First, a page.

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Samsung does pretty well to pack in some impressive specs into its handsets, in particular those of its flagship Galaxy S range, but even though the 2012-released Galaxy S III packs in a very workable 1GB of RAM, sometimes, it doesn’t seem to stretch far enough. Now, I wouldn’t count myself as a Galaxy S III “user” as such, for I have never used one as my daily runner, but I do interact with the device several times a week, and one thing I’ve noticed is that even though there is a gig of RAM, it does seem to get used up rather quickly, and naturally, this brings about the rather unwanted issue of lag. If you feel your device also uses up a lot of RAM but you’re uncertain of where it’s all going, we have sensitive information which could well result in the successful recapture of some of that precious random-access memory; details after the leap!

Often, it’s hard to pinpoint the root cause of an issue such as this, and often, we just learn to accept the fact that these problems exist, as opposed to trying to deal with them. But it needn’t be this way, and what you may not have realized, is that a silent, native implementation may well be siphoning precious megabytes or RAM from right under your nose, leaving you none the wiser.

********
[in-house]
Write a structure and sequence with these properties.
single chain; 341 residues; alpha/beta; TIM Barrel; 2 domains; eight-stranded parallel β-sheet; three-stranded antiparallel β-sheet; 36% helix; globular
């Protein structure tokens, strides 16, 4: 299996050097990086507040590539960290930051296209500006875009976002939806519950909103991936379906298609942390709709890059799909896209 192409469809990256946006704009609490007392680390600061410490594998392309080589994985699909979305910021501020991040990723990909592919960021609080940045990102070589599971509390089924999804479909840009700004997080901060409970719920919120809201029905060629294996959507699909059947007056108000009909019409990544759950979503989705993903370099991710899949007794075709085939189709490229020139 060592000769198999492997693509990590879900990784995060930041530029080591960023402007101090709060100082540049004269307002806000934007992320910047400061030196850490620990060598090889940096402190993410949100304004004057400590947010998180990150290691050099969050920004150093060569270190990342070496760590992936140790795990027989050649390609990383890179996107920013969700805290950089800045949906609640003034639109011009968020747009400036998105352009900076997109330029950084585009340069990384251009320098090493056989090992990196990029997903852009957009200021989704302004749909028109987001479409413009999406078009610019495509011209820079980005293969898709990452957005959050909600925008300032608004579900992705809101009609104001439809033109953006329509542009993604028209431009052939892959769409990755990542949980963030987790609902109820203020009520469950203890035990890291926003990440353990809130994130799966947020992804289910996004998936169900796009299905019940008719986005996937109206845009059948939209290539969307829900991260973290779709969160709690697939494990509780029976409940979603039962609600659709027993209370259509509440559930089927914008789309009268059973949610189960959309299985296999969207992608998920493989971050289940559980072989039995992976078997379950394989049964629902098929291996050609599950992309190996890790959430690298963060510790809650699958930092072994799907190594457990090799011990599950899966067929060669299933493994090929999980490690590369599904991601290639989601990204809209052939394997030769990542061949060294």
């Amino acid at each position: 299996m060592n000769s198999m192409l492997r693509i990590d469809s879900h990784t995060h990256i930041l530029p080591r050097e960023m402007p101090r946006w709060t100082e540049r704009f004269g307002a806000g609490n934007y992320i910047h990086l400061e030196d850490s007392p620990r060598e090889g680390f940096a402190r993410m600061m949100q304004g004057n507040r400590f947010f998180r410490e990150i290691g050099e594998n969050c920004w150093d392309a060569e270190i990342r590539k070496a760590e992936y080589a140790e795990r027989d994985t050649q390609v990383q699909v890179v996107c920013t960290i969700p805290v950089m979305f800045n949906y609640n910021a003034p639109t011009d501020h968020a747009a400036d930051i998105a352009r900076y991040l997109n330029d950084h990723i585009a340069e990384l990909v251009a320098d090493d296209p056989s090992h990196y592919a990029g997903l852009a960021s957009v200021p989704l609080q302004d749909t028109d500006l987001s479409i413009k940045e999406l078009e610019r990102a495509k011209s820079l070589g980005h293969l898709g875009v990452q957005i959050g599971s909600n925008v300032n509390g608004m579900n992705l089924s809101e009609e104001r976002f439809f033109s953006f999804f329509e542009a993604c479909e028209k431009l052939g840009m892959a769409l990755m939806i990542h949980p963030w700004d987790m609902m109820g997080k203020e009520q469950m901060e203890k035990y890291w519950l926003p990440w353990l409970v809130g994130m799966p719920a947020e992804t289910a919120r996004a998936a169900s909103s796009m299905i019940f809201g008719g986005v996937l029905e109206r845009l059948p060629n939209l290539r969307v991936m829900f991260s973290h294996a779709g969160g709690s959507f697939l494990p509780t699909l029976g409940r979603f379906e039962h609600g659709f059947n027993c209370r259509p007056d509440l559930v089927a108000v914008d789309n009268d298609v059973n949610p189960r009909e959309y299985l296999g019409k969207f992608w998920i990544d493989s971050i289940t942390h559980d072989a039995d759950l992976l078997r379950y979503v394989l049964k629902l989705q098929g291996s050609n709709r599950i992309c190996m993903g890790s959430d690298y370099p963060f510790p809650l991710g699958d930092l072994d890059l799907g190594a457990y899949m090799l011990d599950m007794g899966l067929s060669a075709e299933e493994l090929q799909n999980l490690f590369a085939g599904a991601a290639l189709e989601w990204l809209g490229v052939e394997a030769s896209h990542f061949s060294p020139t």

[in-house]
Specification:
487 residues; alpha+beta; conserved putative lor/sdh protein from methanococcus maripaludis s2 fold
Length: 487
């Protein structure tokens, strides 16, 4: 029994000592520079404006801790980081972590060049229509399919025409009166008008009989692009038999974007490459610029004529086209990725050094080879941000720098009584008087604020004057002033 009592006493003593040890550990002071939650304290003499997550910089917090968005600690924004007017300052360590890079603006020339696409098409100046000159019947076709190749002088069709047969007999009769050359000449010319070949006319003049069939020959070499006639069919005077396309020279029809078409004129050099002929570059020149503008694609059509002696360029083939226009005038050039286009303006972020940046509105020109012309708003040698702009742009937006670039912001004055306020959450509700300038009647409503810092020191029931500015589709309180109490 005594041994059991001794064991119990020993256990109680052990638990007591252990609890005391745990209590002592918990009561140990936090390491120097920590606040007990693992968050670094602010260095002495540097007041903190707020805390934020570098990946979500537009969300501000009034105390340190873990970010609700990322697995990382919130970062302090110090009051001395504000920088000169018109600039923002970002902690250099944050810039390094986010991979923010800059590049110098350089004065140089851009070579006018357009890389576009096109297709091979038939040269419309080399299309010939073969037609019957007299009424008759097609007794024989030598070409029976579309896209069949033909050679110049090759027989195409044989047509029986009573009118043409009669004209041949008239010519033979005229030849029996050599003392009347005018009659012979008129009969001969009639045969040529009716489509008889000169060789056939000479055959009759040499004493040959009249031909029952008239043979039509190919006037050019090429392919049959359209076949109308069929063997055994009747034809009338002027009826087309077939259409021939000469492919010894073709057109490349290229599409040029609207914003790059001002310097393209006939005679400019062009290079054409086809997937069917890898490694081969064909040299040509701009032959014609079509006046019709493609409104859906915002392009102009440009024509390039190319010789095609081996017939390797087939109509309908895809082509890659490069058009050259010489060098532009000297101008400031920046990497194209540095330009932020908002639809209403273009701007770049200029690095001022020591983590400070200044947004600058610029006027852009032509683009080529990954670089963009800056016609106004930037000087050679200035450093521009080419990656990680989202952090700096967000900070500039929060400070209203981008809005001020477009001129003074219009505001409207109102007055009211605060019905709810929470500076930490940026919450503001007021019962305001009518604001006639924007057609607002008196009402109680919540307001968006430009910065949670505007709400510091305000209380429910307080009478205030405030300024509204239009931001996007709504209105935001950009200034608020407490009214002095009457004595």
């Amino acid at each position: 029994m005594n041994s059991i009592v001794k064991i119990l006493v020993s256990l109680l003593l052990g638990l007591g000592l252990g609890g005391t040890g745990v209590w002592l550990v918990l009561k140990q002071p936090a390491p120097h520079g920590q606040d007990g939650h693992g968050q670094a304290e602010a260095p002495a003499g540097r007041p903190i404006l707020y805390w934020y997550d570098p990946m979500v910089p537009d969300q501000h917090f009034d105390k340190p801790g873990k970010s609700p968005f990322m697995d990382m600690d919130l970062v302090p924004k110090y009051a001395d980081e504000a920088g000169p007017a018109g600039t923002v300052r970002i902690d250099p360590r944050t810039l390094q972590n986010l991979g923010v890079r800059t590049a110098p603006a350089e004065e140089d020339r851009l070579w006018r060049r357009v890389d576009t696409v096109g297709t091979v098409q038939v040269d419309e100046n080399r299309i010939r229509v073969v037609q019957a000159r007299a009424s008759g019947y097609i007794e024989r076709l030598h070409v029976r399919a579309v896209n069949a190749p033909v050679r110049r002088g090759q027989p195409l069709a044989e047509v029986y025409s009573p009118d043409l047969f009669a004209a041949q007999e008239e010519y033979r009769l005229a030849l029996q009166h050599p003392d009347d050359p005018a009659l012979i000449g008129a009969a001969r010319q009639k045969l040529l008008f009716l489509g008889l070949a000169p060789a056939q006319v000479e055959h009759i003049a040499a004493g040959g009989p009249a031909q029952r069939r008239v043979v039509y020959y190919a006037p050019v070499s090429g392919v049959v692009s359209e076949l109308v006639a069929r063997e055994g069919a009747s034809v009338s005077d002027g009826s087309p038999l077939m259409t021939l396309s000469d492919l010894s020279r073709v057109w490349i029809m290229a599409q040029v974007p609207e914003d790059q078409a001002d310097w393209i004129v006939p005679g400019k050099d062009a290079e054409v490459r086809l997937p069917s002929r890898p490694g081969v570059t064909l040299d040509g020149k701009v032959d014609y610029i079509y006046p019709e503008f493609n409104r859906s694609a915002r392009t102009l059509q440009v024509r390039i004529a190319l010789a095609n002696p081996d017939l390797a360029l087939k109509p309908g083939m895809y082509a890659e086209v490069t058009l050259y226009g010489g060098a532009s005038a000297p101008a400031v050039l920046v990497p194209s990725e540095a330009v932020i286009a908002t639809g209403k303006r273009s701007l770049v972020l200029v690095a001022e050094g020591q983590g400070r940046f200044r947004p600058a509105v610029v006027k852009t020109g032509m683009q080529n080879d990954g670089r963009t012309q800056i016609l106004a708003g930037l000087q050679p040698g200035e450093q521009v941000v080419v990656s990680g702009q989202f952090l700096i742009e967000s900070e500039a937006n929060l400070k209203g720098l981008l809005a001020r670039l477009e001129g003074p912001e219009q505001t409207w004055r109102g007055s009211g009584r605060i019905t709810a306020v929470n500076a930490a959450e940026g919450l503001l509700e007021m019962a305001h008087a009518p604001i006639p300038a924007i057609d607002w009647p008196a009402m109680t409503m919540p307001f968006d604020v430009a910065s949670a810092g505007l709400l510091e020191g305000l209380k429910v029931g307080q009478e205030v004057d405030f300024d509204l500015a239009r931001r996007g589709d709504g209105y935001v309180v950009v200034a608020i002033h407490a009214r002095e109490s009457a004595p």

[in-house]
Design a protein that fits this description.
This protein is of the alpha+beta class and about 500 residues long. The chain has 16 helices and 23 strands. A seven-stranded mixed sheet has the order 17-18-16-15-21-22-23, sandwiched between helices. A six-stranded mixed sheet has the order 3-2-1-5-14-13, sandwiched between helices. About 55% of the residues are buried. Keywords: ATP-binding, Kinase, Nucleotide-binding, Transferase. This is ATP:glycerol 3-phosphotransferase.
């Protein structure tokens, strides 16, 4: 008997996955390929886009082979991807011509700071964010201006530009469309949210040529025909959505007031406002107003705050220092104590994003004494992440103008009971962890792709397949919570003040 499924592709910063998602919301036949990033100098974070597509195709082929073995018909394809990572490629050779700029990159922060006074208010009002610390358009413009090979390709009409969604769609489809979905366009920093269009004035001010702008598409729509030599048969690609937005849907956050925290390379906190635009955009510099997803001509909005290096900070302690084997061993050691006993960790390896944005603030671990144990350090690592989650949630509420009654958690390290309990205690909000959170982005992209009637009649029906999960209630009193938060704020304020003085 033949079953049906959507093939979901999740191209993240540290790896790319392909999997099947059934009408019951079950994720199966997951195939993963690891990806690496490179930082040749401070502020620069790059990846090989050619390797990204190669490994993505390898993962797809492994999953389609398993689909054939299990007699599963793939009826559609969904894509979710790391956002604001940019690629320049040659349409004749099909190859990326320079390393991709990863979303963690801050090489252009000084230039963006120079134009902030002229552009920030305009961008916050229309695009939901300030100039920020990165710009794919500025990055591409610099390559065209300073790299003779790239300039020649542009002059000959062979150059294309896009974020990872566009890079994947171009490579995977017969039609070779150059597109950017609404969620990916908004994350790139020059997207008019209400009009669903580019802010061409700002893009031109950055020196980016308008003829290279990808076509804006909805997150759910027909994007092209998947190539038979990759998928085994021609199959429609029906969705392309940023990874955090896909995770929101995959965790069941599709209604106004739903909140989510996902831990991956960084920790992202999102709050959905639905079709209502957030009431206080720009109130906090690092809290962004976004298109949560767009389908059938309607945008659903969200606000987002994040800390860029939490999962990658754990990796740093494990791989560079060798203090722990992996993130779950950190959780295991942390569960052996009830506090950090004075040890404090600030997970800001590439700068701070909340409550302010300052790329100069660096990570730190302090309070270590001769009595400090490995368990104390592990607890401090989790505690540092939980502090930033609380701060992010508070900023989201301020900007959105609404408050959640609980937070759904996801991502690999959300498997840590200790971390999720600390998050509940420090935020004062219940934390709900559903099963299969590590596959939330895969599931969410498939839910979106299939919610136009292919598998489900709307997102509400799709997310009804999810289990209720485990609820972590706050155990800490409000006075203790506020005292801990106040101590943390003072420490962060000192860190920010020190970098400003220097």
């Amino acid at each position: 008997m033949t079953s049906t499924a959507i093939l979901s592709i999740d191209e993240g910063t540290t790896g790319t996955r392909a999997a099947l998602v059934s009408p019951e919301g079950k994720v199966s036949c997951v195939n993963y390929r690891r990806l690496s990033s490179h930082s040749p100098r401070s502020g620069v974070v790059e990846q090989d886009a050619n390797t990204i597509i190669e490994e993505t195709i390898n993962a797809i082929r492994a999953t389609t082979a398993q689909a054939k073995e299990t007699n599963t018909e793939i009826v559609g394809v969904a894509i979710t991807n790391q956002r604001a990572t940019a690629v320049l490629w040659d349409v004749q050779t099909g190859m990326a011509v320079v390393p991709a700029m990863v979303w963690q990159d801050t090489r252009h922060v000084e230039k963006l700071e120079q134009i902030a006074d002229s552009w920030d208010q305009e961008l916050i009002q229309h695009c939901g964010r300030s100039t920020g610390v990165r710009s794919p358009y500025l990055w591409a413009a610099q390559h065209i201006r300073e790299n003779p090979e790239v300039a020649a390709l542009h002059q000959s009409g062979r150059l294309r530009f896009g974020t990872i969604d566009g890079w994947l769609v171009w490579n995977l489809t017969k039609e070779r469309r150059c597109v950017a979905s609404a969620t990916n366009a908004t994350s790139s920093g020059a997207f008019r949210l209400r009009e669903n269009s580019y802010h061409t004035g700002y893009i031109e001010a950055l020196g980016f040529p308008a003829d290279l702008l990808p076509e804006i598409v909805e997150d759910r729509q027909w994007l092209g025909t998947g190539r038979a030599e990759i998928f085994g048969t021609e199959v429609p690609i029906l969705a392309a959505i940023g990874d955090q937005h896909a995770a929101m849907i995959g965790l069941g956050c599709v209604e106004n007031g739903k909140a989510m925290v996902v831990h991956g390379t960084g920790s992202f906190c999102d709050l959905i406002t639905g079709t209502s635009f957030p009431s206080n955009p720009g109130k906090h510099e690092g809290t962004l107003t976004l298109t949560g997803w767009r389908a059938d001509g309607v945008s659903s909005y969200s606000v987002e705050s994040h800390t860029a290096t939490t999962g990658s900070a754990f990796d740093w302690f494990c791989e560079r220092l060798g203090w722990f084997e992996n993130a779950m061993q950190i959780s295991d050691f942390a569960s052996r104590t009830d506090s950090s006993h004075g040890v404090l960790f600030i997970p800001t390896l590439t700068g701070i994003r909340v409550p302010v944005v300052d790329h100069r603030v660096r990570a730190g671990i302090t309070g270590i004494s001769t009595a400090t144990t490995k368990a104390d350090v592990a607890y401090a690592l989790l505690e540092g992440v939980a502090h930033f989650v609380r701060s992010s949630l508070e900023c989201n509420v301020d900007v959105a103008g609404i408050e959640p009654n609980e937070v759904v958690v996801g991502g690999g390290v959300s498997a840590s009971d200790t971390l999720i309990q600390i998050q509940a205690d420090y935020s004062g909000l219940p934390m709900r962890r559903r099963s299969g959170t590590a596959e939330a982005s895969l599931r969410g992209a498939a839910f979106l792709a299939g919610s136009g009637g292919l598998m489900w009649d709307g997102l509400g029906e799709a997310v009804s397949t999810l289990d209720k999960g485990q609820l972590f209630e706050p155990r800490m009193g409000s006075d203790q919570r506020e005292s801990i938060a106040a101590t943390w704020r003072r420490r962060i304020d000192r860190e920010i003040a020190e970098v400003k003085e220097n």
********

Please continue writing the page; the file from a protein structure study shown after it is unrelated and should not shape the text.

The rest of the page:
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You may well enjoy the water Ripple Effect, and why wouldn’t you? It’s calming, therapeutic, and most importantly, aesthetically pleasing. But what you might not have been so aware of is the side effect, i.e. the effortless manner in which this seemingly innocuous feature feeds off your RAM like a leech for blood.

Luckily, you can turn it off, and while this may not be such a saving grace if you still have a bunch of other processes keen to join the RAM parade, it will doubtlessly shed some of the burden. So, if you can live without the rippling effects, head over to Settings, then Security, then Lock Screen Options, and after that, locate Ripple Effect, and simply deactivate it.

gS3 ripple effect off

See, that wasn’t too hard, was it? Provided you make provisions to ensure that nothing else is sneaking up on your RAM, you should now be able to run your device without running it into the ground.

Did this work for you? Please do leave your comments below.

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